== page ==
With so many people predicting your imminent death, you're probably wishing the Grim Reaper would just stop by and get it over with. The good news is that when everyone in the technology business or the financial press is making the same prediction, it's wrong. Certainly you've made some bad decisions along the way, borrowing too much, buying that Taj Majal when maybe staying put was a smarter move. But just like that messy divorce, that's all "water under the bridge" as they say, so what do you do now?
I am an entrepreneur, and as such I've found myself in some tight situations. My companies have all been small, owner operated firms, so cutting costs to boost profits was never an option. My only option has been to find ways to make money, for the only way to dig yourself out of a hole is to grow your business. Where other people see despair, I see opportunity. I am just a small entrepreneur, so weight my advice accordingly as I offer my two cents.
Most of the papers and magazines I read put out a quality product. The irony is that while people don't think about spending money at the newsstand, they balk at paying online. This seems like an intractable problem, and maybe it is, or maybe not. I thought that people in my peer group would never pay for music after Napster appeared some years back. Apple has proven without doubt that if you package a product well, price it fairly, and make it easy to consume, people will buy it. Most of my friends are now voracious iTunes users. A few still use tools like LimeWire and BitTorrent, but they are the minority. The point is that people thought the Internet was the end of the music industry as we know it, and it has brought about great change, but now it seems that it was a bad thing for big box retailers more than anything.
I think your problem is pretty simple. Your content isn't the problem (unless you've already gutted your editorial team to boost short-term profits. If so, you can stop reading now and head over to the morgue). Your problem is you don't know how to make money online, at least not in meaningful quantities. I've made a few observations over the years, some of which are relevant to your situation.
People like to shop. Yes, it's true. People enjoy shopping. If you create a welcoming marketplace that serves an interest group or local need, people will come, and merchants will happily pay rent (advertise) to be there. Travel is a good example. People are always on the lookout for getaways. Cynics in the technology industry will say that Expedia and company already have that trade locked up. Last time I checked, Expedia doesn't do trains, buses, boats or horses. Not every trip involves an airplane. A chartered bus to a resort in the Adirondacks is travel just as much as a packaged trip to Cancun. While the airlines have mastered the process of stuffing people into winged tubes, the rest of the travel industry is less efficient, less visible, more local and needs a marketplace, one that you can build for your community. That's just one example.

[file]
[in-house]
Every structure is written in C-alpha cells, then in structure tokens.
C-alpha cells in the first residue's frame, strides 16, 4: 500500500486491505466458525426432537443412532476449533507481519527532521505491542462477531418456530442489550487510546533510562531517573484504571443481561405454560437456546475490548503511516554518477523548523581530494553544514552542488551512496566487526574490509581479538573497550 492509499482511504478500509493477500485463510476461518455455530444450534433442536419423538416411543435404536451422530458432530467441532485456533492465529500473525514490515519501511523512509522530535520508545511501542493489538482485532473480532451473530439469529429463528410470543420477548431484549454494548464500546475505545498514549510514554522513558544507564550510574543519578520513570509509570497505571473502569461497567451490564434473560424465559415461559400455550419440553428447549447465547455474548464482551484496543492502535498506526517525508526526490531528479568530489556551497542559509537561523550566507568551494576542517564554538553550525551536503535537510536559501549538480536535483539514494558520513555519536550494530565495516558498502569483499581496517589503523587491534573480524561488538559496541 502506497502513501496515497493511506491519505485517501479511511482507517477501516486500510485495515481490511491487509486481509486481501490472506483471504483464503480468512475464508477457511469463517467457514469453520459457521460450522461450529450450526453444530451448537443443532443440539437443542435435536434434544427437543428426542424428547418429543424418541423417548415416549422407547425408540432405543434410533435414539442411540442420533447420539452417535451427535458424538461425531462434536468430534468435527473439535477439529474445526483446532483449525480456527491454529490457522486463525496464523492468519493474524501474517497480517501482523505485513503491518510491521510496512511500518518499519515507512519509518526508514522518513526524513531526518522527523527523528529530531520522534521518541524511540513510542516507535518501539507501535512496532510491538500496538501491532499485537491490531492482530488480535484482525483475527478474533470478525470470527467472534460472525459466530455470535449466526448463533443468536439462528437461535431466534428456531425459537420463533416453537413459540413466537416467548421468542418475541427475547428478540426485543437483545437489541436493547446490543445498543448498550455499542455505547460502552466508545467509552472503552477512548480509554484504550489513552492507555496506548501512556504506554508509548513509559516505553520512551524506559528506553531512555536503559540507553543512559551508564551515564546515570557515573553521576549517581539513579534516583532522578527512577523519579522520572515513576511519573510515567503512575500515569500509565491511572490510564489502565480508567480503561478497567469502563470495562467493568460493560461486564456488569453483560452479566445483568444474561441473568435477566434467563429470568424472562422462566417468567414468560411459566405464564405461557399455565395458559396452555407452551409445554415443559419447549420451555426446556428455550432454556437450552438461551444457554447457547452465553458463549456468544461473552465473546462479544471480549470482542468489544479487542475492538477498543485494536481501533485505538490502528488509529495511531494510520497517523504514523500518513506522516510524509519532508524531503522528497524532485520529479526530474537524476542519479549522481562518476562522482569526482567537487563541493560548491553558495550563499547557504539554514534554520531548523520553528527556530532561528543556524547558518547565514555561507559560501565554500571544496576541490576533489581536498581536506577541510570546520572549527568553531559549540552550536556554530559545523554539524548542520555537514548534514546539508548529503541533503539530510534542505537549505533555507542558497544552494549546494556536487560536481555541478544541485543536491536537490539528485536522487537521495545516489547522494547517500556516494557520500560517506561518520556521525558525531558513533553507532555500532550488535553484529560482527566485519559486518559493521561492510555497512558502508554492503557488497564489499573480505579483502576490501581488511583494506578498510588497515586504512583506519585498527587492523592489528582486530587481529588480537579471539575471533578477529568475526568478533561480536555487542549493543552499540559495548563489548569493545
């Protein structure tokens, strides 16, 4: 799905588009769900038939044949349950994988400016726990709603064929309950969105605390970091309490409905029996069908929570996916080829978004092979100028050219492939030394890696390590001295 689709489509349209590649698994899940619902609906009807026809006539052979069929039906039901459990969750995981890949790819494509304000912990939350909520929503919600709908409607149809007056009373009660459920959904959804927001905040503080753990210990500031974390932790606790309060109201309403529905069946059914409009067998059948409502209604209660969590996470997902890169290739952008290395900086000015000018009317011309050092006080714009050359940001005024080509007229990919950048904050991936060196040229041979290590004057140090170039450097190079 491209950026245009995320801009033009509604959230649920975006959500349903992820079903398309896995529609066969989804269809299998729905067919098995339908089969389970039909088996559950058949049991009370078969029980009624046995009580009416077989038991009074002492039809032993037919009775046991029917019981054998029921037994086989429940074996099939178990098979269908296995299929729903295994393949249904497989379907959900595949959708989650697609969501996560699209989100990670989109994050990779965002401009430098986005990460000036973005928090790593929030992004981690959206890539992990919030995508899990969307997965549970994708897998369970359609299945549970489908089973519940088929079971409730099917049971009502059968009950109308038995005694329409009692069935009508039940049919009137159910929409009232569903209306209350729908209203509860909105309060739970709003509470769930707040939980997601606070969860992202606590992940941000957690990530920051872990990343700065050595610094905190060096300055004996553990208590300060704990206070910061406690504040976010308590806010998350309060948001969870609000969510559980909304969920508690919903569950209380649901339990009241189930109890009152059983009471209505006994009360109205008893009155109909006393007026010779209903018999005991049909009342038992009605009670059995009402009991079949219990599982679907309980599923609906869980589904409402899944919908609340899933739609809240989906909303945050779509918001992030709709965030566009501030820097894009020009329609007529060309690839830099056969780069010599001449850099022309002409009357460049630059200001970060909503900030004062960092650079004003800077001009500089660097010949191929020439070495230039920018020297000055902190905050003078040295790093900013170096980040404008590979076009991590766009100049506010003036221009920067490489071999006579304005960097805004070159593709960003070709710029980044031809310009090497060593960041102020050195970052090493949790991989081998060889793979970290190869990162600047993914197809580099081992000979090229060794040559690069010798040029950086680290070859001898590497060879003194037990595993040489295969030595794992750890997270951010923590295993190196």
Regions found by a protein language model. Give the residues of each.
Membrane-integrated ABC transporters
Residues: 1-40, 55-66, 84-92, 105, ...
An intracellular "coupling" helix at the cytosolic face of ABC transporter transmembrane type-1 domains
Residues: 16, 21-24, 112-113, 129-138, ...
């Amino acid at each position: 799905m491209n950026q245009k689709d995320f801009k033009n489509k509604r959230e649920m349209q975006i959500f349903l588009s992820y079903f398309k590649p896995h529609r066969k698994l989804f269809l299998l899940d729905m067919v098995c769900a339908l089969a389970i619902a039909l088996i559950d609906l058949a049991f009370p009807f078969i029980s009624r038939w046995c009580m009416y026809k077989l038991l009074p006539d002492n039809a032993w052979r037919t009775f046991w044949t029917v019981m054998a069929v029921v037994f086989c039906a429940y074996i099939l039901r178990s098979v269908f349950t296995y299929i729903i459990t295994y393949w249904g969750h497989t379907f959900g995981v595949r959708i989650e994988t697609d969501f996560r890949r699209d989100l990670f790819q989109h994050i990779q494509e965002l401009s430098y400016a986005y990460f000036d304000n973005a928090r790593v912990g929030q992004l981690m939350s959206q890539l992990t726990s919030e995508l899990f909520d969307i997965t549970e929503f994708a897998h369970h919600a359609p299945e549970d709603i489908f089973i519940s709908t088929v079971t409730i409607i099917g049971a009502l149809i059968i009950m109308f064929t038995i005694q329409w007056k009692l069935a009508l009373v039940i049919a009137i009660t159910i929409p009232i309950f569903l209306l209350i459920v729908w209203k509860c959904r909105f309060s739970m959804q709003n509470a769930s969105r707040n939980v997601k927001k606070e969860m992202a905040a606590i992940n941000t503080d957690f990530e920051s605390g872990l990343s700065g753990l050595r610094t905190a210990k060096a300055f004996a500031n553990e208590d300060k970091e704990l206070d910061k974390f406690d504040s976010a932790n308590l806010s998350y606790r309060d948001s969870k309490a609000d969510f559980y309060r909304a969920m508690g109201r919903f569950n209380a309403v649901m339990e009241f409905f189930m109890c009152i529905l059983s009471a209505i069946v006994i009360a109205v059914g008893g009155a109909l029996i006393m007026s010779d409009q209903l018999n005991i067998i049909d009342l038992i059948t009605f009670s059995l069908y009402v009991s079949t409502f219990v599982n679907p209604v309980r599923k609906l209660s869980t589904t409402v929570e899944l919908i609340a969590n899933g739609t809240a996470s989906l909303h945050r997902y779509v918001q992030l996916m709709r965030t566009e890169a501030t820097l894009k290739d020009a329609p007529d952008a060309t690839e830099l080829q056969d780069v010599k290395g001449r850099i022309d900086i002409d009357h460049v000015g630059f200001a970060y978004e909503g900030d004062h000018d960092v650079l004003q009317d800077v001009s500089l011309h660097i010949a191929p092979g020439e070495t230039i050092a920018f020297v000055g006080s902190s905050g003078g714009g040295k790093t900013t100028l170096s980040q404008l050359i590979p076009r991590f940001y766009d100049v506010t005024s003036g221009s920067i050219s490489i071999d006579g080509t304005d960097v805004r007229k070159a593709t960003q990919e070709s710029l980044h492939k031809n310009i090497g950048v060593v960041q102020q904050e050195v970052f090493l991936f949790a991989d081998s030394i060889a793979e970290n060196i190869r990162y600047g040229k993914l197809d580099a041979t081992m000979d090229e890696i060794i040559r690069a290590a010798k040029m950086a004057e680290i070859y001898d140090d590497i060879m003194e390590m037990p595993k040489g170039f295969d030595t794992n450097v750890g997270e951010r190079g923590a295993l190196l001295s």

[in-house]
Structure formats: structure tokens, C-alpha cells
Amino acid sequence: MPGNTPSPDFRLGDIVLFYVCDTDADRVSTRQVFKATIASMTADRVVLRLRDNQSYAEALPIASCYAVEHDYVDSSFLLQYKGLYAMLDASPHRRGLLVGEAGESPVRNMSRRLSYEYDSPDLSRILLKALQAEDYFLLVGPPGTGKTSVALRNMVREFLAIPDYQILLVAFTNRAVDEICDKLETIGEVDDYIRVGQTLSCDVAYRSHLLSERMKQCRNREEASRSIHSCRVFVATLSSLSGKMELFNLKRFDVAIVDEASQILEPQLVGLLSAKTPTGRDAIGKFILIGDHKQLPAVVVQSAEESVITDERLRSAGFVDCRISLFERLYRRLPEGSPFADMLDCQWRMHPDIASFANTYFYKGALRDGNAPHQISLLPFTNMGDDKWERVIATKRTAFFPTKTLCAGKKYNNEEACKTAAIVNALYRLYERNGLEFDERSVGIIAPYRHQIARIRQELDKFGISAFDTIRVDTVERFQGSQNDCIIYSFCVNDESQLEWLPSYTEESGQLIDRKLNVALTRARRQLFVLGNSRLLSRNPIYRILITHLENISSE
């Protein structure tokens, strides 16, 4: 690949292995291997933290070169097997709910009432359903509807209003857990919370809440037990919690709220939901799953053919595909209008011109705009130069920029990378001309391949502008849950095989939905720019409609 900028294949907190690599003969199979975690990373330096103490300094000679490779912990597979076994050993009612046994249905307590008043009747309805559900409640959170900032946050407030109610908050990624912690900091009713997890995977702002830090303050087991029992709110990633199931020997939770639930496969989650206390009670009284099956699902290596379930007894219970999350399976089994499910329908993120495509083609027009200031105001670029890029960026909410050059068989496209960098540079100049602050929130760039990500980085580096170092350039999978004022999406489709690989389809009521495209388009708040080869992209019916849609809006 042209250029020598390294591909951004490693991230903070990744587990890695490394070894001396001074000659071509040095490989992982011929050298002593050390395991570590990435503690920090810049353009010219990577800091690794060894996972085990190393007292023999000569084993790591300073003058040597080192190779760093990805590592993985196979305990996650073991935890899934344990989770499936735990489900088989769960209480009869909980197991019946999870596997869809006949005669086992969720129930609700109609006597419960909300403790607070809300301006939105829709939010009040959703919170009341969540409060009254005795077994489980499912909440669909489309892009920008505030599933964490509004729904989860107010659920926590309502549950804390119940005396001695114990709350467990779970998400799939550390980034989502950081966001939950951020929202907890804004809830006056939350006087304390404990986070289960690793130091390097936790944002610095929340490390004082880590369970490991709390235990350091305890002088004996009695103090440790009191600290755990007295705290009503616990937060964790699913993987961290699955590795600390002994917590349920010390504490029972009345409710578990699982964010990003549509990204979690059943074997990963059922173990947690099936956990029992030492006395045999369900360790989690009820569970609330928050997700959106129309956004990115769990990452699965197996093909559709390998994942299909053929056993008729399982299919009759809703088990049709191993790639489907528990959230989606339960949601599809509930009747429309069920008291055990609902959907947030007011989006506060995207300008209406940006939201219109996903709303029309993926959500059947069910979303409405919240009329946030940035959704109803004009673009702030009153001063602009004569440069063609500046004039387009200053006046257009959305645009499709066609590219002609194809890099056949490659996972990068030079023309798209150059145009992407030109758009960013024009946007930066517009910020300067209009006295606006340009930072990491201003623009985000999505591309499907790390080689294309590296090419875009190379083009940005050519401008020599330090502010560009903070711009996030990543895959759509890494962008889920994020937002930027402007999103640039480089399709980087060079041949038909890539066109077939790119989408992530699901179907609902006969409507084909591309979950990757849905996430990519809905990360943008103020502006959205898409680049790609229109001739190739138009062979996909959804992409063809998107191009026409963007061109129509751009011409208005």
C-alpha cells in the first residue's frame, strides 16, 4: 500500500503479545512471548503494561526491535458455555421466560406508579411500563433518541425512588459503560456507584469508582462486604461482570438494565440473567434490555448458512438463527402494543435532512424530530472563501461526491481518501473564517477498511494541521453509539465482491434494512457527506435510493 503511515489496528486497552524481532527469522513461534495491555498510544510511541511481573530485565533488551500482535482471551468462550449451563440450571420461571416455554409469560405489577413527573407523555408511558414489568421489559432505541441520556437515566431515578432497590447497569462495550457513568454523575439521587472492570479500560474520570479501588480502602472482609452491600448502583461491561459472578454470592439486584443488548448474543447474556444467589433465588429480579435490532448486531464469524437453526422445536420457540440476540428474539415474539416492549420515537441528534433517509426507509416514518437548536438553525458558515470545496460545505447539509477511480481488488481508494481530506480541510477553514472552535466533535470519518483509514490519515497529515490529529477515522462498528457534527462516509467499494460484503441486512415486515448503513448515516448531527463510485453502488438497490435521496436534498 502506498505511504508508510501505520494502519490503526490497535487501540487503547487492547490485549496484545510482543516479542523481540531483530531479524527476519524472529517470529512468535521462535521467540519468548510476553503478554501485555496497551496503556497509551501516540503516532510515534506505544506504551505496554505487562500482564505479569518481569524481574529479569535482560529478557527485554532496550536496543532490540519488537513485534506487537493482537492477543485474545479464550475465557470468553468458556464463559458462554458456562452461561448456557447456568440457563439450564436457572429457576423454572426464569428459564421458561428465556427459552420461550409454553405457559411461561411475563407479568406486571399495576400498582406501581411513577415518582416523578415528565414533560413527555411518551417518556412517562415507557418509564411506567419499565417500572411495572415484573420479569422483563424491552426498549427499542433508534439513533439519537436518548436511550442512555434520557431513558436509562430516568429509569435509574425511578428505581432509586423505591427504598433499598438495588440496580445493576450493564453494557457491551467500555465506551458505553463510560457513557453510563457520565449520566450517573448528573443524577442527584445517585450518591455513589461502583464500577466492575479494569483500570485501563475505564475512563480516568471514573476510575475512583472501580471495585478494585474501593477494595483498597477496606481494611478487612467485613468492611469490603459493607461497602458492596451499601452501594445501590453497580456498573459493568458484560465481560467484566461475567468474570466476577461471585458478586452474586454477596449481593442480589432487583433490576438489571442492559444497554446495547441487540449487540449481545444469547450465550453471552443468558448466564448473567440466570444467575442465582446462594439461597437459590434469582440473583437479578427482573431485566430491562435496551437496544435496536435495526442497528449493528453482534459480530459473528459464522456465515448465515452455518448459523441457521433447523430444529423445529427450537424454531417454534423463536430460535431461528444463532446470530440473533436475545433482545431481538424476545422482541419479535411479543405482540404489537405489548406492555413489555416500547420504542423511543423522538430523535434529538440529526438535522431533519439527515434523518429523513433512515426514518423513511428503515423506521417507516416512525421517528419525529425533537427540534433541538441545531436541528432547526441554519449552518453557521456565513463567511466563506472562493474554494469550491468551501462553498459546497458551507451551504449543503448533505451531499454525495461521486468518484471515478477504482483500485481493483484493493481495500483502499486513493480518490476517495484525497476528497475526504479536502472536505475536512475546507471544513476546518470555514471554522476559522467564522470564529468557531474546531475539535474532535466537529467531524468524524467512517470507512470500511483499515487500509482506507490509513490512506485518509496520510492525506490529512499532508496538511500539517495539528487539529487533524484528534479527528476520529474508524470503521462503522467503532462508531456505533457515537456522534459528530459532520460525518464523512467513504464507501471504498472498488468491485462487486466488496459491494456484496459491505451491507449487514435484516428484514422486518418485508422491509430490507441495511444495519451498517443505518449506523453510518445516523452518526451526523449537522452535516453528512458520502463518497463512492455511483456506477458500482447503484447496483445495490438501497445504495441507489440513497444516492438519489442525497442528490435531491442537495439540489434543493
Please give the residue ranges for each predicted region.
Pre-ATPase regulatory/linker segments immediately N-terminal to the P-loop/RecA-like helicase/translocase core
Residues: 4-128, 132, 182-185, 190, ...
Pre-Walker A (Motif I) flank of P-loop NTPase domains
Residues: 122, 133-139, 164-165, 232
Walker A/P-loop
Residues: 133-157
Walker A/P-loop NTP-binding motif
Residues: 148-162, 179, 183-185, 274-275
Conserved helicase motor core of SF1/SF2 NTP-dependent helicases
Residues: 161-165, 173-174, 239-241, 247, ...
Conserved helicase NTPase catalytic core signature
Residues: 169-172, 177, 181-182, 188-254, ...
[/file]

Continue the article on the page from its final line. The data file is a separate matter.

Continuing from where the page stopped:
Your archives are packed with ideas. Isn't it ironic that you are being punished for embracing technology. Many of you were publishing online when some of your critics were still wetting their beds. The people who built online advertising systems misunderstood the difference between advertising and merchandising. Pay a visit to your archives, and you'll see that many of your ads were really a form of merchandising, where merchants displayed a collection of offers to bring people into their stores. Take some of those old display ads, but apply that concept to the web and you can do some really interesting things. Back to the travel example (this will work for lots of things, but I'll focus on travel for this article). Let's say you create a page on your site like www.dailyretort.com/escapehatch where people can go to see this week's travel deals in your city. What they see is an attractive and well organized collection of ads from a variety of vendors, along with some links over to current travel articles on your site and elsewhere. The ads in the marketplace could run the gamut from airline fire sales, to bus trips, to a chartered fishing expedition that has a few seats left. Part of the fun of shopping is not knowing in advance what you want to buy. Oh, one other thing, don't underestimate the power of nostalgia. It has been a while since this style of marketing was prevalent, so it may be due for a comeback.
Advertising and merchandising are not the same thing. Merchandising is the art of selling products to willing buyers. This takes many forms from window displays to full page advertisements in magazines. In an online format, there are many ways to do this, with two primary forms. One form, which we're all familiar with, is an advertorial page, where a merchant, a travel agency for example, publishes its best deals of the day or week. These are not especially interesting online. What should work well are multi-vendor pages where merchants pay to be featured, while the editor has discretion in how the pages and offers are laid out, links to offpage editorial content, and so on. The editor's job is to make the page or mini-site interesting enough to visit and bookmark. Ad sales people are tasked with finding merchants with interesting and relevant offers for the page, and persuading them to advertise there. The point is to create a page or mini-market for a category of locally relevant merchants that is appealing to reader, while advertisers pay based on performance, probably some combination of views, clicks and premium fees for larger format panels.